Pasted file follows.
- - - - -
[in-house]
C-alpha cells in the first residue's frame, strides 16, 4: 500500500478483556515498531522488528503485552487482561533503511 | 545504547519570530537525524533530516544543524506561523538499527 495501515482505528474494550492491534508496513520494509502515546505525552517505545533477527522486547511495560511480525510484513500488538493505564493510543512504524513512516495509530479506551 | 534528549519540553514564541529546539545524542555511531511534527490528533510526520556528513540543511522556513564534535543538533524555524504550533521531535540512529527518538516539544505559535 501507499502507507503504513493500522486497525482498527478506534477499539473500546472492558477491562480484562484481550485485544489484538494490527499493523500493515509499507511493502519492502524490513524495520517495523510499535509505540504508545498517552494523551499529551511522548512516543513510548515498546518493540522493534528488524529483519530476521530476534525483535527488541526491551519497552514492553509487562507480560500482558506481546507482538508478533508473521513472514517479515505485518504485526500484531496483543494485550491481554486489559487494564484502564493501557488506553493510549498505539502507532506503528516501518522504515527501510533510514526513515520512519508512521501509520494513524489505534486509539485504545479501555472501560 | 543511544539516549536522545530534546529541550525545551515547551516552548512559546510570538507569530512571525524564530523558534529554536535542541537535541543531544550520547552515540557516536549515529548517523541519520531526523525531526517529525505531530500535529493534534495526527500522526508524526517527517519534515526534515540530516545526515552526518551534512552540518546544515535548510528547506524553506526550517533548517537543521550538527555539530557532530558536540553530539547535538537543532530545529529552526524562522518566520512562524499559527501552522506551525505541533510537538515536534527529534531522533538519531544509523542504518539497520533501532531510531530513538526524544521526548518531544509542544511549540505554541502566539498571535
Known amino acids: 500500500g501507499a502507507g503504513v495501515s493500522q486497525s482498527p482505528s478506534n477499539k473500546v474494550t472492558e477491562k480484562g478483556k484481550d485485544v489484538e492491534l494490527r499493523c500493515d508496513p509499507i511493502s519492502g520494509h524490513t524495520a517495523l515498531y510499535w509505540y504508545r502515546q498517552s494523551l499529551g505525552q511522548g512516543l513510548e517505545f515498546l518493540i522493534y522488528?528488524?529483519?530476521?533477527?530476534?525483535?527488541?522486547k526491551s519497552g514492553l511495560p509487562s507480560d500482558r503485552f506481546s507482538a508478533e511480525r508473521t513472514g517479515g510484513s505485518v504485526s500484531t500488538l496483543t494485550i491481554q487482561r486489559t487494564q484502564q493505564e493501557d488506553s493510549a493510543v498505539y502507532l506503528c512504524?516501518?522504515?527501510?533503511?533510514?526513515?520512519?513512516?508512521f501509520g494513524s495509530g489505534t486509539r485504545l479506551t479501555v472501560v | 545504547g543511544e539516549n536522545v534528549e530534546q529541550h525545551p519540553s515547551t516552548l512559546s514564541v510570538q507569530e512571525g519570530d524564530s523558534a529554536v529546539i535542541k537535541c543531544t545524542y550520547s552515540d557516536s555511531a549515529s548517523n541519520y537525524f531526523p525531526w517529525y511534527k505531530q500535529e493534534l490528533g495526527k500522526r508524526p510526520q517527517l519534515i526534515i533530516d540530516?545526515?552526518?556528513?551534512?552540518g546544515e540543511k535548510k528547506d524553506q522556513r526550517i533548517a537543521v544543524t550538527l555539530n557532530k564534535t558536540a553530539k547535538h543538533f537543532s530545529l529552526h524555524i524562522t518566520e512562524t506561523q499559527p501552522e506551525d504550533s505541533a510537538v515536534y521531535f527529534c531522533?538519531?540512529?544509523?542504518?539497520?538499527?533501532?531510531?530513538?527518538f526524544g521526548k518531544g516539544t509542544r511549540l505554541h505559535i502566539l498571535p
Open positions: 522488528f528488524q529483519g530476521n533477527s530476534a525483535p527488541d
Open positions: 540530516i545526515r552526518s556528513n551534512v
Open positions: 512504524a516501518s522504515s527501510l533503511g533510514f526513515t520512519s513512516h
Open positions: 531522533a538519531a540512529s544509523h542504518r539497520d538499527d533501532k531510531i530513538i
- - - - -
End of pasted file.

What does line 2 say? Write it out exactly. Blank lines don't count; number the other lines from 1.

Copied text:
C-alpha cells in the first residue's frame, strides 16, 4: 500500500478483556515498531522488528503485552487482561533503511 | 545504547519570530537525524533530516544543524506561523538499527 495501515482505528474494550492491534508496513520494509502515546505525552517505545533477527522486547511495560511480525510484513500488538493505564493510543512504524513512516495509530479506551 | 534528549519540553514564541529546539545524542555511531511534527490528533510526520556528513540543511522556513564534535543538533524555524504550533521531535540512529527518538516539544505559535 501507499502507507503504513493500522486497525482498527478506534477499539473500546472492558477491562480484562484481550485485544489484538494490527499493523500493515509499507511493502519492502524490513524495520517495523510499535509505540504508545498517552494523551499529551511522548512516543513510548515498546518493540522493534528488524529483519530476521530476534525483535527488541526491551519497552514492553509487562507480560500482558506481546507482538508478533508473521513472514517479515505485518504485526500484531496483543494485550491481554486489559487494564484502564493501557488506553493510549498505539502507532506503528516501518522504515527501510533510514526513515520512519508512521501509520494513524489505534486509539485504545479501555472501560 | 543511544539516549536522545530534546529541550525545551515547551516552548512559546510570538507569530512571525524564530523558534529554536535542541537535541543531544550520547552515540557516536549515529548517523541519520531526523525531526517529525505531530500535529493534534495526527500522526508524526517527517519534515526534515540530516545526515552526518551534512552540518546544515535548510528547506524553506526550517533548517537543521550538527555539530557532530558536540553530539547535538537543532530545529529552526524562522518566520512562524499559527501552522506551525505541533510537538515536534527529534531522533538519531544509523542504518539497520533501532531510531530513538526524544521526548518531544509542544511549540505554541502566539498571535